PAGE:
Background: In this study, we sought to evaluate the prognostic importance of chromosomal instability (CIN) in adenocarcinoma (AC) of the lung. The relationship between CIN detected by fluorescence in situ hybridization (FISH) and survival in AC patients was examined.
Methods: Sixty-three surgical specimens of lung AC were analyzed. To identify tumors with CIN, p16 and multi-target DNA FISH assays for c-myc, chromosome 6, EGFR, and chromosome 5 (LAVysion, Vysis) were performed on nuclei extracted from paraffin-embedded tumor tissues. Survival rates were compared in terms of sex, age, histology, T factor, N factor, CIN, and smoking status. A sample was classified as CIN-positive if at least three of the five chromosomes were positive.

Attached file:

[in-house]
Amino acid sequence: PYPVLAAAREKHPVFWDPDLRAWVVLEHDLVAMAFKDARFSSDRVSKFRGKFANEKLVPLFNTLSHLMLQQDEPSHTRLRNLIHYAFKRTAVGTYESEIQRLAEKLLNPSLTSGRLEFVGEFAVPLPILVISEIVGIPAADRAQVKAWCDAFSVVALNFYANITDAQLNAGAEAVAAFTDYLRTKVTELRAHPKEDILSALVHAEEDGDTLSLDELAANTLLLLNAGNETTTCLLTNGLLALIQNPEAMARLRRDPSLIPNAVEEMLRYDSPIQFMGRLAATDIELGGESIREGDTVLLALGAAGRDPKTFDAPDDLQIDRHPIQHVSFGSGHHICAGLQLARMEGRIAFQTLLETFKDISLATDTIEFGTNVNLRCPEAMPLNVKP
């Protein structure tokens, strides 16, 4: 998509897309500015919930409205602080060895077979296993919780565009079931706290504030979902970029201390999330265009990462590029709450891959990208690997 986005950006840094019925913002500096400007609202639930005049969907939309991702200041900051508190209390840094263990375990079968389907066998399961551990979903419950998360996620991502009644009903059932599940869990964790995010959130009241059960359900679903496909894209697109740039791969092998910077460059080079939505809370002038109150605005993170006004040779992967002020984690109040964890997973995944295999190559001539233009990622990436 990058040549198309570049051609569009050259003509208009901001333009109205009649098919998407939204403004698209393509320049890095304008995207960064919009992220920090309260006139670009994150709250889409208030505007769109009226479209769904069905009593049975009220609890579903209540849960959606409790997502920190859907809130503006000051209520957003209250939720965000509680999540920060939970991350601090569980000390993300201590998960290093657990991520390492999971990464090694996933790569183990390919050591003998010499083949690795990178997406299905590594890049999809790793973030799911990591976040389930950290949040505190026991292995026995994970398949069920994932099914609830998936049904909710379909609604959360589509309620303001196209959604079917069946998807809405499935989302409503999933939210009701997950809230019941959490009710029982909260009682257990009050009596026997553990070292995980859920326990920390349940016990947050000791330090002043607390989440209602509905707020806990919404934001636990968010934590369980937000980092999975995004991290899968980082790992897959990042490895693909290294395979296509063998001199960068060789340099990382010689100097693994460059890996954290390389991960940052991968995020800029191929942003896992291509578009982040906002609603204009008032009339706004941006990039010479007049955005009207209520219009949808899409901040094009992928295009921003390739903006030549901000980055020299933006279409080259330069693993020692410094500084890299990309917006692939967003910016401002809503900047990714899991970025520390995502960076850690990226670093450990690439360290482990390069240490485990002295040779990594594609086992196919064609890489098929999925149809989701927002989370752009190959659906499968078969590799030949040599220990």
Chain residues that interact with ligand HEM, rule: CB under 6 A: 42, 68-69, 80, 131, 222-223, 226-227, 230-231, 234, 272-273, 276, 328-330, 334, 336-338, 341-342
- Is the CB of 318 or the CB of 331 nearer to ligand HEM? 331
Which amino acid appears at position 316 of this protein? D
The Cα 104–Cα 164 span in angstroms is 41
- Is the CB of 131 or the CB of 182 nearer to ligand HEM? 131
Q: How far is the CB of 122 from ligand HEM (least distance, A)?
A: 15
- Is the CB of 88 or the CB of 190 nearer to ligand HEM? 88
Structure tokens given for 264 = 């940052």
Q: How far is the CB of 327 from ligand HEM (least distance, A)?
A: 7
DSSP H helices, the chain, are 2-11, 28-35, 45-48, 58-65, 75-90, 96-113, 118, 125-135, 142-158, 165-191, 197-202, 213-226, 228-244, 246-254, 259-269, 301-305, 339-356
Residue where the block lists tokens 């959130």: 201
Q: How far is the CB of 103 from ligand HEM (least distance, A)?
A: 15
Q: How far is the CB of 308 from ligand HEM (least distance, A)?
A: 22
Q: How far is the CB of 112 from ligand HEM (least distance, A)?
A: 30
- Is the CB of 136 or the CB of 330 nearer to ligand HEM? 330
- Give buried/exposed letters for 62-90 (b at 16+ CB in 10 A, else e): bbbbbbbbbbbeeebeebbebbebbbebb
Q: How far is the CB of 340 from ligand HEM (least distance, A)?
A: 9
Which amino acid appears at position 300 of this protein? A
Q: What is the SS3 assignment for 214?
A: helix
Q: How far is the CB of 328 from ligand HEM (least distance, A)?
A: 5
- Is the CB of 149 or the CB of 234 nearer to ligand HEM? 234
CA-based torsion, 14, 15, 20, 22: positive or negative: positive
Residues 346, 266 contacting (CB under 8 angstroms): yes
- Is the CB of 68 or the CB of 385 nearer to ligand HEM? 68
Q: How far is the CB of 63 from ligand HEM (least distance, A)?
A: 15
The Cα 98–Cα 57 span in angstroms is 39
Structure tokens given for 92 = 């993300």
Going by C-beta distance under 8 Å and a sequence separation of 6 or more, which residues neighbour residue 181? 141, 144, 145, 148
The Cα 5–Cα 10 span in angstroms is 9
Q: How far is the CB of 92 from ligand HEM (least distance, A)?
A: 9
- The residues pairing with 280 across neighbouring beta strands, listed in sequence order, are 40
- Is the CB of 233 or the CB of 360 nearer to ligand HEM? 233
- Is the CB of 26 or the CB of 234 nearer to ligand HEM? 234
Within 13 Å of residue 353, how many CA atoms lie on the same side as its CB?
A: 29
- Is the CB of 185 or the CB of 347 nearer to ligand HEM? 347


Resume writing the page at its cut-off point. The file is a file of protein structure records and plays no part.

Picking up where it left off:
Results: Out of the 63 specimens, 32 (39.7%) were CIN-positive. The 5-year overall disease-free survival rate was 58.7% as a whole, 46.9% for CIN-positive patients and 71.0% for the CIN-negative patients [hazard ratio (HR), 2.34; 95% confidence interval (CI), 1.04-5.26; p = 0.04]. The 5-year overall survival rate was 81.0%, 68.7% for CIN-positive patients and 93.5% for the CIN-negative patients (HR, 5.64; 95% CI, 1.23-25.70; p = 0.026). In multivariate analysis after adjusting for pathologic nodal staging, tumor staging, sex, age, and smoking history, compared with the CIN-negative patients, the CIN-positive status remained significantly associated with decreased overall survival (HR, 8.48; 95% CI, 1.66-43.42; p = 0.010).
Conclusions: CIN can be effectively detected in primary AC of lung using FISH analysis. CIN is associated with poor prognosis for AC, and may thus be utilized as an independent prognostic factor for the disease.